Copenhagen: A 2-Day Itinerary

Copenhagen 2-day itinerary

I recently got to visit Copenhagen, Denmark, for the first time. It’s a city that’s been on my bucket list for quite a while, and yet when I arrived I literally had no idea what to expect or what to do.

Not only that, but Copenhagen is pretty expensive, with a 25% sales tax already included in everything you buy. So, I arrived wanting to make the most of my weekend there, but also not spend ALL of my money (which is something I tend to do…).

If only I had had a super awesome blogger map out the perfect weekend in Copenhagen for people on a budget, like me, suggesting things to do, places to eat, and must-see spots! Ah, well now I plan to do just that for if when any of you finally make it to this amazing city!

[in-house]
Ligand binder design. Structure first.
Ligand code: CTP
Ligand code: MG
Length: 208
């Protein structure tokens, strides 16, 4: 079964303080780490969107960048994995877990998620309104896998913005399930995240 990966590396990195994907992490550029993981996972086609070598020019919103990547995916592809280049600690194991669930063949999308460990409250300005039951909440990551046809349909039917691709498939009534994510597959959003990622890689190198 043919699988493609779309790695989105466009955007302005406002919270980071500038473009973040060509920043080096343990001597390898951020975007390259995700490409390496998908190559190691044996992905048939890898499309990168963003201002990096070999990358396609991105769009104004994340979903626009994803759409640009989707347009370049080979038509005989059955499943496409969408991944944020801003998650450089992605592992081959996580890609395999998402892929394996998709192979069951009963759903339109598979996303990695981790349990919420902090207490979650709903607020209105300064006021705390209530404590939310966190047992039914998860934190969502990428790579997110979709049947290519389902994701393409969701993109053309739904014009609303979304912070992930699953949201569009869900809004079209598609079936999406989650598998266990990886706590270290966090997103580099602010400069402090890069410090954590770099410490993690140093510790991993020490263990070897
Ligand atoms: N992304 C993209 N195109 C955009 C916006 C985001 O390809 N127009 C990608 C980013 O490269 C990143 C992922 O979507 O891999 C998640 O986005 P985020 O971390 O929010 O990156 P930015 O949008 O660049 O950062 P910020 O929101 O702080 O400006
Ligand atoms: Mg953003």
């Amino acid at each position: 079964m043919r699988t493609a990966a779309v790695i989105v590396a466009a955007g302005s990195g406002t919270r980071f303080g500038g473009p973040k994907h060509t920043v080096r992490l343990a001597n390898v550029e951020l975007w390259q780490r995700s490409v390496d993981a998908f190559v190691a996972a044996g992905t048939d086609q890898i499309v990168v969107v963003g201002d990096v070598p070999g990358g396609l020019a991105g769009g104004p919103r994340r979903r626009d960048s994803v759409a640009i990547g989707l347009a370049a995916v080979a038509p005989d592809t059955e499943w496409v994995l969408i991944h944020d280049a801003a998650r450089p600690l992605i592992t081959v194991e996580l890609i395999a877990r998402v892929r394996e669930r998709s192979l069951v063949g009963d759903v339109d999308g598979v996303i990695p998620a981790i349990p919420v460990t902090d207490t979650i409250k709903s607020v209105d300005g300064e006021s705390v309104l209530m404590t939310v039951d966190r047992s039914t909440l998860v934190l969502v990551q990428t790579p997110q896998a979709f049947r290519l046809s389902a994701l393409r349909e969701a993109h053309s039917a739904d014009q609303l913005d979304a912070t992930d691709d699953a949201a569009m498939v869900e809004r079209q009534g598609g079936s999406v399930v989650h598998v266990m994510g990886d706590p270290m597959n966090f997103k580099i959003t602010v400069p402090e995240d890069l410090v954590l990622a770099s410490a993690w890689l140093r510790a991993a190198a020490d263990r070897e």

Although Copenhagen, and all of Denmark and Scandinavia for that matter, are known to be expensive, you can have an amazing time there by benefitting from free/cheap attractions!

So here it is, my 2-day itinerary for anyone visiting Copenhagen for the first time on a budget OR who doesn’t have much time there and wants to make the most of it!

Disclaimer: by no means does this mean that you should only go to Copenhagen for 2 days. There is SO much to do there that you can definitely stay a week or more! But I’ve tried to condense the “must-do” activities over 2 (very busy) days. Enjoy!


  • If you’re an early riser, head to Kalaset for breakfast and try one of Copenhagen’s best-rated brunches. The restaurant is tiny so there may be a wait, but it’s worth it!

Kalaset   Kalaset

  • Next, walk off your meal by walking along the Strøget shopping mile toward Rådhuspladsen (City Hall Square). It’s one of Europe’s longest pedestrian streets with tons of stores and coffee shops.

Strøget shopping mile